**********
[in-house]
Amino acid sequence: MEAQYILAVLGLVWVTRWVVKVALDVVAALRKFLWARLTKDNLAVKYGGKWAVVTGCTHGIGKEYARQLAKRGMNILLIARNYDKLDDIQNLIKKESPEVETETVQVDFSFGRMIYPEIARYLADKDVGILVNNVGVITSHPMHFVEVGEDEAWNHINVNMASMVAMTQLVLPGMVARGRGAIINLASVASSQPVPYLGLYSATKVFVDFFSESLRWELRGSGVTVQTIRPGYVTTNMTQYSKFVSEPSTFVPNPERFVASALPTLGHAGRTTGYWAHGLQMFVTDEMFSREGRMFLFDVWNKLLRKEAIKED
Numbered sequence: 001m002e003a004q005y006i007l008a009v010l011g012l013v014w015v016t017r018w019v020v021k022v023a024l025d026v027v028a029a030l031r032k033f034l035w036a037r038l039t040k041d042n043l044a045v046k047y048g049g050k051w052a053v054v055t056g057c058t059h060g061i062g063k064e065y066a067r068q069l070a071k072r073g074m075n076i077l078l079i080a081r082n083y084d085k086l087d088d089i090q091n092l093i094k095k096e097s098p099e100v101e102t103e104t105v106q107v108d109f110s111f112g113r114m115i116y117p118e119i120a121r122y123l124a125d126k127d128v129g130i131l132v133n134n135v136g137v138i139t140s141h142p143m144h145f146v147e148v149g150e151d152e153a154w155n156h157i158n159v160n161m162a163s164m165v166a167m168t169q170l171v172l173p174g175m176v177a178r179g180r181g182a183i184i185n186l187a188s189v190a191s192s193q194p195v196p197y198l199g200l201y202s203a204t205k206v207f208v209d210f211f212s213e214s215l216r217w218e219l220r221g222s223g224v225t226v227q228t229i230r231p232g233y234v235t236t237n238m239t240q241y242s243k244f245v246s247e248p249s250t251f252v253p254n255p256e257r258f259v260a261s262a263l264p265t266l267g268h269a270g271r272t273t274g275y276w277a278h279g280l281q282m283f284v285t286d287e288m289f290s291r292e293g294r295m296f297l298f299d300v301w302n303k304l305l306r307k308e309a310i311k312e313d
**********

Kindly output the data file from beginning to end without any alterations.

[in-house]
Amino acid sequence: MEAQYILAVLGLVWVTRWVVKVALDVVAALRKFLWARLTKDNLAVKYGGKWAVVTGCTHGIGKEYARQLAKRGMNILLIARNYDKLDDIQNLIKKESPEVETETVQVDFSFGRMIYPEIARYLADKDVGILVNNVGVITSHPMHFVEVGEDEAWNHINVNMASMVAMTQLVLPGMVARGRGAIINLASVASSQPVPYLGLYSATKVFVDFFSESLRWELRGSGVTVQTIRPGYVTTNMTQYSKFVSEPSTFVPNPERFVASALPTLGHAGRTTGYWAHGLQMFVTDEMFSREGRMFLFDVWNKLLRKEAIKED
Numbered sequence: 001m002e003a004q005y006i007l008a009v010l011g012l013v014w015v016t017r018w019v020v021k022v023a024l025d026v027v028a029a030l031r032k033f034l035w036a037r038l039t040k041d042n043l044a045v046k047y048g049g050k051w052a053v054v055t056g057c058t059h060g061i062g063k064e065y066a067r068q069l070a071k072r073g074m075n076i077l078l079i080a081r082n083y084d085k086l087d088d089i090q091n092l093i094k095k096e097s098p099e100v101e102t103e104t105v106q107v108d109f110s111f112g113r114m115i116y117p118e119i120a121r122y123l124a125d126k127d128v129g130i131l132v133n134n135v136g137v138i139t140s141h142p143m144h145f146v147e148v149g150e151d152e153a154w155n156h157i158n159v160n161m162a163s164m165v166a167m168t169q170l171v172l173p174g175m176v177a178r179g180r181g182a183i184i185n186l187a188s189v190a191s192s193q194p195v196p197y198l199g200l201y202s203a204t205k206v207f208v209d210f211f212s213e214s215l216r217w218e219l220r221g222s223g224v225t226v227q228t229i230r231p232g233y234v235t236t237n238m239t240q241y242s243k244f245v246s247e248p249s250t251f252v253p254n255p256e257r258f259v260a261s262a263l264p265t266l267g268h269a270g271r272t273t274g275y276w277a278h279g280l281q282m283f284v285t286d287e288m289f290s291r292e293g294r295m296f297l298f299d300v301w302n303k304l305l306r307k308e309a310i311k312e313d